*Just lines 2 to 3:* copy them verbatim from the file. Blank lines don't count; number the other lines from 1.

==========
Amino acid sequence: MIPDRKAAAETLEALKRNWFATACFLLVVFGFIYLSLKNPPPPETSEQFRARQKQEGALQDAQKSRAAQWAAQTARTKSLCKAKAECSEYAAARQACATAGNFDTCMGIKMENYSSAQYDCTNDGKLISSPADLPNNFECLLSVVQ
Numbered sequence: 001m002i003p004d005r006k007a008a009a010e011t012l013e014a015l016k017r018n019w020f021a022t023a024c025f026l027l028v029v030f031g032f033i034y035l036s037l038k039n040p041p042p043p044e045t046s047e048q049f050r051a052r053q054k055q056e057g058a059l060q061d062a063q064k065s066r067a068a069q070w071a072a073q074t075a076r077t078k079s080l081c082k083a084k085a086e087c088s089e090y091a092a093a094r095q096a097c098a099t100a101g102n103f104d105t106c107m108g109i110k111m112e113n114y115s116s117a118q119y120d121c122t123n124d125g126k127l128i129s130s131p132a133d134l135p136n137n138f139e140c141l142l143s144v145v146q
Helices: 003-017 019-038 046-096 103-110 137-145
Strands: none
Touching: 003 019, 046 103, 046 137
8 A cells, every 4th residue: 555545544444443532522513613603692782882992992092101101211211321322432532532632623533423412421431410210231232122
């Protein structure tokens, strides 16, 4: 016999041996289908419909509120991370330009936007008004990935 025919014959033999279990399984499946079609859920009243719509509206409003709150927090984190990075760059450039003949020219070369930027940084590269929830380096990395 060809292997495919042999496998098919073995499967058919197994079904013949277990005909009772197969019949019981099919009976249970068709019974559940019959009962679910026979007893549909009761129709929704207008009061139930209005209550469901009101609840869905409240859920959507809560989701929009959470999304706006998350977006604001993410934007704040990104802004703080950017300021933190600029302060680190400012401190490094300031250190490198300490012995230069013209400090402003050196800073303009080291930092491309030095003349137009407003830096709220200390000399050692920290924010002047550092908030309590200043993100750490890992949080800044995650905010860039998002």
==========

Numbered sequence: 001m002i003p004d005r006k007a008a009a010e011t012l013e014a015l016k017r018n019w020f021a022t023a024c025f026l027l028v029v030f031g032f033i034y035l036s037l038k039n040p041p042p043p044e045t046s047e048q049f050r051a052r053q054k055q056e057g058a059l060q061d062a063q064k065s066r067a068a069q070w071a072a073q074t075a076r077t078k079s080l081c082k083a084k085a086e087c088s089e090y091a092a093a094r095q096a097c098a099t100a101g102n103f104d105t106c107m108g109i110k111m112e113n114y115s116s117a118q119y120d121c122t123n124d125g126k127l128i129s130s131p132a133d134l135p136n137n138f139e140c141l142l143s144v145v146q
Helices: 003-017 019-038 046-096 103-110 137-145